They also need to give Shaun Phillips another deal since he was just on a one-year contract.
If they can bring Phillips back for a year or two, get Von Miller back from injury and plug Derek Wolfe—who seems to be healthy again—back into the rotation, the pass rush should be even better than it was in 2013 without really having to make any moves.
To make improvements, though, you have to address the issues that were weak in 2013. You have to upgrade.
That means doing something about the linebacker situation. They could go after someone like Chris Borland, out of Wisconsin, who is projected by to go in the second or third round. Borland is smart and passionate, and he loves to hammer people in the middle of the line, but he's a bit undersized.
If the Broncos don't like Borland, another option would be Shayne Skov, who is projected to go in the third or the fourth. His aggressiveness is both his main strength and his main weakness. It means he loves to hit and he can knock people out, but it also means he sometimes runs himself right out of position.
The Broncos have to upgrade at safety as well. Rahim Moore should be fine when he comes back from his injury, as he was playing well up until that point, snagging three picks even with the missed time.
However, Denver does need to bring in someone to play alongside of him. They could target players like T.J. Ward—though it may be hard to pry him out of Cleveland since he seems to want to stay there, per The Plain Dealer (h/t NFL.com's Chris Wesseling)—or Jairus Byrd, an elite safety who may not be happy in Buffalo since they cannot seem to work out a contract.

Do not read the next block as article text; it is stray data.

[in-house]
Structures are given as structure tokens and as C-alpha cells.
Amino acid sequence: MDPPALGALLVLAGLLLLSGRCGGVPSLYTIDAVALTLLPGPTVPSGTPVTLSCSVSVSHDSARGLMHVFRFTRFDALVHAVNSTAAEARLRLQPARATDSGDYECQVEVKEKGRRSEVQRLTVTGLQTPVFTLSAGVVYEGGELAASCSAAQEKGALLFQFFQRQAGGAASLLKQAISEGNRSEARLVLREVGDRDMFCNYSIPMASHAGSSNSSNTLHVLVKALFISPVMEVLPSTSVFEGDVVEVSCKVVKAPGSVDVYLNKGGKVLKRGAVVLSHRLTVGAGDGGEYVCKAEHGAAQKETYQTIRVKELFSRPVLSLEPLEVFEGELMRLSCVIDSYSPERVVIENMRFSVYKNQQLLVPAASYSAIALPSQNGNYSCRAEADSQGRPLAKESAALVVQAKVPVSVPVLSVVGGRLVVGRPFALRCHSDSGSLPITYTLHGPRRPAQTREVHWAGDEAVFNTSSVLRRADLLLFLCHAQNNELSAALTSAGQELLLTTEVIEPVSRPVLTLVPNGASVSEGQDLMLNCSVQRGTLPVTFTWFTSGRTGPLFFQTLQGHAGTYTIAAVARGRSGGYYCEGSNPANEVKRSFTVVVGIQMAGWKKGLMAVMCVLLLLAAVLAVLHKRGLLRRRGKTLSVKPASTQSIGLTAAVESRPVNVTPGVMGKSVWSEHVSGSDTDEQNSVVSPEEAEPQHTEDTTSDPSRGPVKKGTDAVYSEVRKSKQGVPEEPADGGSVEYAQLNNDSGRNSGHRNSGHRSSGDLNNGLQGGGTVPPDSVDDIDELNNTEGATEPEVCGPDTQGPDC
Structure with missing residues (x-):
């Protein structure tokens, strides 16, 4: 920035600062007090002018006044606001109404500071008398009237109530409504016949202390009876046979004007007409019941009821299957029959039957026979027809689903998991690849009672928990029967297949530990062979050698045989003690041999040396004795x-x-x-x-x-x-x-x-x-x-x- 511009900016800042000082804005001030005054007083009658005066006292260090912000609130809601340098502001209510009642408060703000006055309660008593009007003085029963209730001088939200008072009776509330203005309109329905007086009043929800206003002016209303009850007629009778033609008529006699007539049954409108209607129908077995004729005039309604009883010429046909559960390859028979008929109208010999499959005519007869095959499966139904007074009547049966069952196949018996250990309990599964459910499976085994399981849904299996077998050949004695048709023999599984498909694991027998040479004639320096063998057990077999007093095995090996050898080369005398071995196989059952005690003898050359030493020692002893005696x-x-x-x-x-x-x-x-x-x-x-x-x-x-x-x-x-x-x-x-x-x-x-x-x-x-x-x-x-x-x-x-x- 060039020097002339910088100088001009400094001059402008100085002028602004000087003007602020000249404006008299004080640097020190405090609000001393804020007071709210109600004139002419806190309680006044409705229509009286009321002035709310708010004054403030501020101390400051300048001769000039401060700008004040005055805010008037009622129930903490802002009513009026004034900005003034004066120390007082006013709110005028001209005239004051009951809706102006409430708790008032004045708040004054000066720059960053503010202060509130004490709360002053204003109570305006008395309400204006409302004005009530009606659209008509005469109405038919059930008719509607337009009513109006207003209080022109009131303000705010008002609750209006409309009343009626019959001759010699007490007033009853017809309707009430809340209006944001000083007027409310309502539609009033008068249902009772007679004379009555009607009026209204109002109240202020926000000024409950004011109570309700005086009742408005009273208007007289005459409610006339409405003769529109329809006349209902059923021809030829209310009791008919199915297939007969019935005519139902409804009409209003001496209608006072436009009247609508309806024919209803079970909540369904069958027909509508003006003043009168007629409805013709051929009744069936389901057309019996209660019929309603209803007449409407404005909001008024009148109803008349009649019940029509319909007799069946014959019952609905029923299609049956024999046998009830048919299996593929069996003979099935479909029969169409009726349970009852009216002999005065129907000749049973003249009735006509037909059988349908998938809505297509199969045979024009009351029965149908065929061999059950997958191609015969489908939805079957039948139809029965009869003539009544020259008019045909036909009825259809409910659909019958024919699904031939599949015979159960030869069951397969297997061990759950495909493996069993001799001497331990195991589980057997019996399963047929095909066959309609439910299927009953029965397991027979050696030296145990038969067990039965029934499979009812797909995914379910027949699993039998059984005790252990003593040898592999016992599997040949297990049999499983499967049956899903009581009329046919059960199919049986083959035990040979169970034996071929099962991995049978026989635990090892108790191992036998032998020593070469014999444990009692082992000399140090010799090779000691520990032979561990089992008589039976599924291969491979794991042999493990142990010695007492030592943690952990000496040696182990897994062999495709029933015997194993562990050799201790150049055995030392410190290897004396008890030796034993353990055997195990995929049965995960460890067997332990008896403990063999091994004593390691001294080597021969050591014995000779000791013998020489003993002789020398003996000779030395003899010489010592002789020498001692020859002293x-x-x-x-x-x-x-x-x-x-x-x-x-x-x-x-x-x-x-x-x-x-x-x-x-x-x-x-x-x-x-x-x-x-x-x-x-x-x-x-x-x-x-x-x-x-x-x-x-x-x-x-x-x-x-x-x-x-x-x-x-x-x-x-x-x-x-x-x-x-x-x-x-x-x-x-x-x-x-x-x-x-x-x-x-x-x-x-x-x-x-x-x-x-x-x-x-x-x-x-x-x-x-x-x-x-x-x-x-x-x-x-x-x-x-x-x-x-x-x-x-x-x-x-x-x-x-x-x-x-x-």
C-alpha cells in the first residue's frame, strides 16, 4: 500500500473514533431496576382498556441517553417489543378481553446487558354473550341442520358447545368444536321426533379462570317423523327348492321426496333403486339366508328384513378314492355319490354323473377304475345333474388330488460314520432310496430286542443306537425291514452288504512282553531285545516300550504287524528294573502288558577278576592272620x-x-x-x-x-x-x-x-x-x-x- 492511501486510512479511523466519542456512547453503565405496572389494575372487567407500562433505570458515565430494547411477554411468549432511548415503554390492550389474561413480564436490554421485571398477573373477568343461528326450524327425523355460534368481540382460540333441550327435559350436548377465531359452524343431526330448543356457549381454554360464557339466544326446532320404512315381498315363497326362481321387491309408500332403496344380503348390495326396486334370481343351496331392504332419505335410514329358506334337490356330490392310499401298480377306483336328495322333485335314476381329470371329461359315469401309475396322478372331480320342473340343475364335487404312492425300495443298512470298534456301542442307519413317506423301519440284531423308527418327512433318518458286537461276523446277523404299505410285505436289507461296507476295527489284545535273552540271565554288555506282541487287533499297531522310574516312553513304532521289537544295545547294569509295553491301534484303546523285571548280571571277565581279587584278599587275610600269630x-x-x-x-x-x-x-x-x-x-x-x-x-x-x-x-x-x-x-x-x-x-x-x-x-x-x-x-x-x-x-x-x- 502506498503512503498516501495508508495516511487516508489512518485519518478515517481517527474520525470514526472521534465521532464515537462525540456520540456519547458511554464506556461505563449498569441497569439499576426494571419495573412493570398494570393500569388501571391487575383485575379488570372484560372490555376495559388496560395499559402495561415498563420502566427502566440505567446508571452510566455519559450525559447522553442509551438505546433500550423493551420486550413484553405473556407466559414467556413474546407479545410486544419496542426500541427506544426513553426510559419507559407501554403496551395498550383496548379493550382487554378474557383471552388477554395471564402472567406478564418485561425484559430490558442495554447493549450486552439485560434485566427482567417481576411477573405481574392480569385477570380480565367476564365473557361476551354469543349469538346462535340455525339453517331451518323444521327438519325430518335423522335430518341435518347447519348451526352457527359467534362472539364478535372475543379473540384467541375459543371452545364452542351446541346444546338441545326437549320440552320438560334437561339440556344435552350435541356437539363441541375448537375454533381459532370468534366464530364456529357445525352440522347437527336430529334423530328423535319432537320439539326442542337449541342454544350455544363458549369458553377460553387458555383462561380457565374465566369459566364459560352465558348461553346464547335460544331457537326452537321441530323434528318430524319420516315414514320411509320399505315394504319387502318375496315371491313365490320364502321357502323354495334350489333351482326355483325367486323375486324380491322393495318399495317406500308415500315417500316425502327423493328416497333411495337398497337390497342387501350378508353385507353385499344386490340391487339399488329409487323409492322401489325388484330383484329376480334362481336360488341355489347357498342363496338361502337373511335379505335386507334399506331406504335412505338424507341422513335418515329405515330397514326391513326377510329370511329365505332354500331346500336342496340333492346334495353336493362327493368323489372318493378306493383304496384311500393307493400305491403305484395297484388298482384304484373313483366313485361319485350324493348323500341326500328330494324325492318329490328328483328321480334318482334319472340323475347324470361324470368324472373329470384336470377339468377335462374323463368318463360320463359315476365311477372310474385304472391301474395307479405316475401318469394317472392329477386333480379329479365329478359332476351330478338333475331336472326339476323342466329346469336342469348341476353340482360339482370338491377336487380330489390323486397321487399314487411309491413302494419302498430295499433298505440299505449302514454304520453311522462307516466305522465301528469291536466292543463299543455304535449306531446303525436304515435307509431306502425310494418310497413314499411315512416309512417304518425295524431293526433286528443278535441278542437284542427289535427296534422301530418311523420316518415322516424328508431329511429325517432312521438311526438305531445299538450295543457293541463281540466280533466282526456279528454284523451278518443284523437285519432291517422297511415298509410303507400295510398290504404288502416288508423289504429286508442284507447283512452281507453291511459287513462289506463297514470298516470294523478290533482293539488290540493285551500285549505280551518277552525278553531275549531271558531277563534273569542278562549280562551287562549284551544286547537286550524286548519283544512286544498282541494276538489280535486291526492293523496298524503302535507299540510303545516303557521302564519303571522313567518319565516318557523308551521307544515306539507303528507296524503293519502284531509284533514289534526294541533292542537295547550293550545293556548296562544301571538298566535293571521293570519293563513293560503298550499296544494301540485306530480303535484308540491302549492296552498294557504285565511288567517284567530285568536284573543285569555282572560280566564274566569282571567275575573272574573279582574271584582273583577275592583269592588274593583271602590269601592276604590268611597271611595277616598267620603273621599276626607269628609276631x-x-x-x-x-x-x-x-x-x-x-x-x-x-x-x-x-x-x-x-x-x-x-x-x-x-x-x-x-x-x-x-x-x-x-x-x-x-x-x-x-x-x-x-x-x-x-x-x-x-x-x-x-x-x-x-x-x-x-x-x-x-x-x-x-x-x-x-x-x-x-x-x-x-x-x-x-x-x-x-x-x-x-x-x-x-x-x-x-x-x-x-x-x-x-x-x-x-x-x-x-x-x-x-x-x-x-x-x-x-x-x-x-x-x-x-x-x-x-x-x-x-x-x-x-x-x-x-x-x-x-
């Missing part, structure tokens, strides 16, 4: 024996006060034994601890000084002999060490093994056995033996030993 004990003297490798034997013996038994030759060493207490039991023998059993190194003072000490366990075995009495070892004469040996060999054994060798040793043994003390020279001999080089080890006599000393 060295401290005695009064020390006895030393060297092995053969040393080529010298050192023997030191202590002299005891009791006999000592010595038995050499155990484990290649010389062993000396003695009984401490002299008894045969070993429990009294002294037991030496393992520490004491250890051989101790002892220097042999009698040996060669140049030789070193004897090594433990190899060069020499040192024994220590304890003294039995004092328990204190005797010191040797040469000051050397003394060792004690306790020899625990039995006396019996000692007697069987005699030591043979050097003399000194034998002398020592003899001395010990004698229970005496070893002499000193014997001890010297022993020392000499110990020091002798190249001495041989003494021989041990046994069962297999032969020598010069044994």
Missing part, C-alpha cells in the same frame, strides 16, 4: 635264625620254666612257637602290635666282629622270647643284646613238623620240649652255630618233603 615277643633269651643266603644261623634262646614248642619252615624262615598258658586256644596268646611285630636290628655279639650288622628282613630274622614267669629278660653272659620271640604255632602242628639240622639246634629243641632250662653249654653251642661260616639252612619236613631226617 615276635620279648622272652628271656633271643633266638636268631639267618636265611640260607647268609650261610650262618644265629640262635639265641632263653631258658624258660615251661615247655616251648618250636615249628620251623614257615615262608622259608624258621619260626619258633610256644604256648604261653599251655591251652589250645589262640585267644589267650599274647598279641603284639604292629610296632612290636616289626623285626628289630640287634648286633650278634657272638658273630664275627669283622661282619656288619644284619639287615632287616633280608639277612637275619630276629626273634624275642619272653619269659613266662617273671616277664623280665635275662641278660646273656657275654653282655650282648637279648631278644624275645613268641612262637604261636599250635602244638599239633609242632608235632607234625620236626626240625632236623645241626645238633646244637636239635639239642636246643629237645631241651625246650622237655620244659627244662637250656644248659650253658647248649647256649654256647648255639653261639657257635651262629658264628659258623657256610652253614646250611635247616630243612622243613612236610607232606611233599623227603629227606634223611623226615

A second option at safety would be pairing Champ Bailey with Moore. Bailey is owed too much money anyway, and his speed is an issue. At heart, though, he's still a lock for the Hall of Fame, and the Broncos could use his experience, leadership and knowledge in the defensive backfield.
Moving Bailey to safety could fix those issues for a year—though Denver would still need to draft a safety late and hope they can groom him for Champ's retirement—and it could also open the door to drafting a cornerback early.
This is a good move since Chris Harris tore his ACL, and it is unknown how soon he can come back or how well he'll play.
Harris is also a restricted free agent, so who knows if he'll come back to the club at all.
If Denver could draft a player like Marcus Roberson, a cornerback out of Florida who CBS Sports projects as the 28th best player in the draft—meaning the Broncos will be picking right in that neighborhood—they may be able to pair him with Rodgers-Cromartie or even play him at nickel if Harris comes back strong.
That would give them youth and a potential lockdown corner for the future, and they could then address the safety issues next offseason.
No matter what route they choose, they must improve if they want to continue to compete at a high level. Even with Manning, they must have a solid defense to be considered favorites to get back to the Super Bowl.